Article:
The Fantastic Four and I go back a long way. If you go back to the first comic book I ever owned… well, it would be Tales of the Texas Rangers, but somewhere in there, in and among a literal (and ironic) ton of Herbie would be issue #1 of Fantastic Four, likely because it had a monnnnnnnnster on the cover.
So I grew up with the FF, almost literally. They’ve been friends for a long, long time. I even bought the recent box set of the 90’s animated series, even though I hated it (and find I still do, grrrr), mainly in hopes that its success would lead to the release of the Iron Man and Silver Surfer series, for which I must sdmit there is the proverbial Fat Chance. And if you think you see where this is heading, no, I didn’t bother with the movie this last summer. The reason can be summed up in two words: Doctor. Doom.
Victor von Doom is my favorite comic character of all time, bar none. grandiloquent and egotistical, he was also a bad guy who was capable of remarkable nobility. Extremely misguided nobility, to be sure, but… I can’t quite see Lex Luthor executing his right hand man, saving the life of his worst enemy and declaring the day a draw simply to save the great art treasures of Europe.
This was the magic of Doom: He would never, ever be turned to the light side of the force, but he could do astounding things. He was the guy for which the phrase “If only he could use his talents for good, instead of evil” was invented.
So for me, Doom has been an integral part of the Fantastic Four, the fifth member, as it were. No Doom, no FF for me. I was seduced into buying periodical comics for a brief time around Fantastic Four #500 to check the revamped Doom, and I hated it. So it was the changes to my beloved dictator that killed the movie for me.
Now, I can take the name change from von Doom to van Damme. That’s okay, if a little grating. Placing him so he would be in the accident that gave the FF their powers was compressing things a little too far, and then changing him so he was an electricity-wielding bad guy just got to be too much. I wanted my scarred, bitter supergenius in gray armor and green tunic, dammit.
Which is why I am astounded that I love the Ultimate Fantastic Four so much.
I’ve largely steered clear of Marvel’s Ultimate line, still smarting from that revisionist-but-not-really “Heroes Reborn” nonsense. The line’s version of Avengers, The Ultimates was highly recommended to me, however, and I found that very satisfying. As a long time Iron Man fan, I especially loved this new version of the character, with a hundred man support staff needed to maintain the armor and a Tony Stark suffering from an inoperable brain tumor. The Ultimate line seems to be benefiting from a lack of 40 years worth of recursive historical baggage, while at the same time paying homage to that history.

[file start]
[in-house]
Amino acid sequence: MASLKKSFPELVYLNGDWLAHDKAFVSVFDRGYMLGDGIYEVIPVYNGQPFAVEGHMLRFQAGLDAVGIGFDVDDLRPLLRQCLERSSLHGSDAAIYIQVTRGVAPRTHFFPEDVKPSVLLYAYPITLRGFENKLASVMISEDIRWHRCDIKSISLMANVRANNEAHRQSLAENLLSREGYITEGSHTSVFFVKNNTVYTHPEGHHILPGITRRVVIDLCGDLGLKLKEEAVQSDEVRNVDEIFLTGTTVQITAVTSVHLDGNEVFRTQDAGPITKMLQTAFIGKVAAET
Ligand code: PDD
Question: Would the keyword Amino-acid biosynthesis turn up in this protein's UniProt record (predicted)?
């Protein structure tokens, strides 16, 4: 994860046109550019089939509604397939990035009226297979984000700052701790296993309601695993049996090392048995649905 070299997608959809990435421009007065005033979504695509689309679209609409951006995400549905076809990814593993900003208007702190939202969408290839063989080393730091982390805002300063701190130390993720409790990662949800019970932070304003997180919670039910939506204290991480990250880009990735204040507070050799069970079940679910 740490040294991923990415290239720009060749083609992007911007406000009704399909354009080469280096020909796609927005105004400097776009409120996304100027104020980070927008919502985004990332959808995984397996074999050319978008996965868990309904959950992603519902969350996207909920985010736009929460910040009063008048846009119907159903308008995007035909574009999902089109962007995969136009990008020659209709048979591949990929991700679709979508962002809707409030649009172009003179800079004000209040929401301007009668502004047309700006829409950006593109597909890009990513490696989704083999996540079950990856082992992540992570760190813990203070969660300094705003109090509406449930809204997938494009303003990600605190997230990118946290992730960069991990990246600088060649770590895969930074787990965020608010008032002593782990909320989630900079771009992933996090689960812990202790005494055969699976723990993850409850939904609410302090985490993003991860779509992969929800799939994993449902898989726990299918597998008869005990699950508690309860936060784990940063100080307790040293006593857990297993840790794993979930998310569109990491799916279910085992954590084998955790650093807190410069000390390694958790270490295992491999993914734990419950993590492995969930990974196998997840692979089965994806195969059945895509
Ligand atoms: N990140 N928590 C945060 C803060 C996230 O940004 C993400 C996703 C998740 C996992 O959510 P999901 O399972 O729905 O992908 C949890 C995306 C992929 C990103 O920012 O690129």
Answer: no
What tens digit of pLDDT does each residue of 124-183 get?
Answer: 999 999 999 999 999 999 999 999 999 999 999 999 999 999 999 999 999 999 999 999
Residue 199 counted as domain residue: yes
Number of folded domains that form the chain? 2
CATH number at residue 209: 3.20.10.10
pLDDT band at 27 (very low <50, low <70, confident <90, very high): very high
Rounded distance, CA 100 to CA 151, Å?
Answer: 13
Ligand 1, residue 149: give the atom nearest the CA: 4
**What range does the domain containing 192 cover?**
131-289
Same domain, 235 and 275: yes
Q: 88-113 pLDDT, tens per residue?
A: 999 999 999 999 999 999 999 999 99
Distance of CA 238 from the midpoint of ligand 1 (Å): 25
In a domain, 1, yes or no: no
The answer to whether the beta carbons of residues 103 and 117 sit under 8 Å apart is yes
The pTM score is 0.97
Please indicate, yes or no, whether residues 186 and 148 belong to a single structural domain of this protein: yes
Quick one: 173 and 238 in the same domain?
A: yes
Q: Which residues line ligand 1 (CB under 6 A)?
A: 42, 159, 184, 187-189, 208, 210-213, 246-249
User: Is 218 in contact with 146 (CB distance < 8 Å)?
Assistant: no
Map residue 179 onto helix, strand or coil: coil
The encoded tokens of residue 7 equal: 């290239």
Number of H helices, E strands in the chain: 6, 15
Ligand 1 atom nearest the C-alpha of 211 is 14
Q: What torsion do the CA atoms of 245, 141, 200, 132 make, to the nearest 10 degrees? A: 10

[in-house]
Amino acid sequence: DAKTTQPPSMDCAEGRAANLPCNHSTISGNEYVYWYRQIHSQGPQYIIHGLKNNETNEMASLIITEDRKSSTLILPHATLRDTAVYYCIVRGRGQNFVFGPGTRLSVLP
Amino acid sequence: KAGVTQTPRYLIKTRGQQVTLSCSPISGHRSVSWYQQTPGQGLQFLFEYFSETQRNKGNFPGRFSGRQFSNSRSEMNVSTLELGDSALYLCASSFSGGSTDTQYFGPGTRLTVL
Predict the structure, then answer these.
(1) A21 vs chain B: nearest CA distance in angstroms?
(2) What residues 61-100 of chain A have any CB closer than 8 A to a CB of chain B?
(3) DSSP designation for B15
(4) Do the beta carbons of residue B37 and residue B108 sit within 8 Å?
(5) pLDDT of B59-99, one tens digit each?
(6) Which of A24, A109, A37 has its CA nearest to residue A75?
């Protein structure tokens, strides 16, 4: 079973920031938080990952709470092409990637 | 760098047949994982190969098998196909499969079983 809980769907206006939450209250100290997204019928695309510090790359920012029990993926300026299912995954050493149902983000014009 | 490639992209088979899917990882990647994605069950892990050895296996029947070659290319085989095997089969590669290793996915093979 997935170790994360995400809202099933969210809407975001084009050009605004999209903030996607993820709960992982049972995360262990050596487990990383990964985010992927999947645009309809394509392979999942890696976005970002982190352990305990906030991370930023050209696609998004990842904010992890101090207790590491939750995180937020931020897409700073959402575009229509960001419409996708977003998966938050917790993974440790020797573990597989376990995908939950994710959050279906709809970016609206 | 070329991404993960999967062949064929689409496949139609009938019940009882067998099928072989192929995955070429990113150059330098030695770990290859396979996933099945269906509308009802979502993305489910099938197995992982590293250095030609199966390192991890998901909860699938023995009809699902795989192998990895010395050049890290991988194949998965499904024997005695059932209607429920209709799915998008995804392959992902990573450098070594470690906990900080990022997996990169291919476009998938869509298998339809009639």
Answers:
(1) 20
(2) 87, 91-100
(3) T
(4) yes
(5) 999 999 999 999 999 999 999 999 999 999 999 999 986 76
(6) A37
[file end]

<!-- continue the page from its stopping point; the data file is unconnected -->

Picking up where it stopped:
Ultimate FF‘s changes seem logical: the Baxter Building now houses a think tank of young geniuses under the charge of Dr. Storm, the father of Sue and Johnny. Reed Richards is now of high school age, which I think pitches the age demographic a bit too young, but what do I know. The fact that they’ve given Reed that haircut with the close-cropped sides to echo his earlier white sidewalls is amusing to me, at least.
Richards was trying to perfect a mode of teleportation using an entropic, collapsing parallel universe called “The N-Zone” (instantly recognizable as the Negative Zone), and one of his experiments goes horribly wrong, causing the cosmic accident that changes the four into their more familiar personas. The accident is caused by one of Richards’ peers, an egotistical young genius named Victor van Damme, who recodes the computers running the experiment, because to his mind, there is no way that dolt Richards could have gotten the coding right. Van Damme is also changed by the accident, and hurtled back to Europe, to boot.
Now, this is everything about the movie I hated: van Damme changed by more than his hatred, and given super powers, too. The difference here is the execution, and I place that firmly at the feet of a writer who I come to worship more and more: Warren Ellis.
Yes, I admit, it was that name that convinced me to buy the trades of Ultimate FF, and what a sound investment that proved. Not only has he done Doom right, his revisionist take on the character even provides a logical substitute for Latveria and an army of robots. The fact that the followup story arc sends the four into the N-Zone in a retrofitted space shuttle to face off with a new and frightening Annihilus is another layer of a very rich cake.
The revamping of the villains is exceptional, and it’s refreshing that Ellis hasn’t changed much about the family dynamics of the FF, except to make Richards an uber-nerd; Ellis’ dialogue is, as ever, crisp and entertaining. He’s a crackerjack science-fiction writer, and the fact that he’s actually attempting to make sense of the FF’s powers in realistic terms is proving at least as fascinating as the incorporation of Marvel standards into this new universe.
Ellis is also handling Ultimate Galactus, which I’m watching with interest; the first trade provides a new, horrifying origin for the Vision, but I felt a little shortchanged, as by and large this part of the story arc repeats the setup for my favorite story in Ellis’ much-missed Global Frequency series. But if we start kvetching about writers stealing from themselves, we’re gonna be here all day, and I have laundry to do.
So. Ultimate Fantastic Four. Enthusiastic thumbs up. Fantastic Four movie? Waiting for the DVD. And then, I’ll probably rent it.
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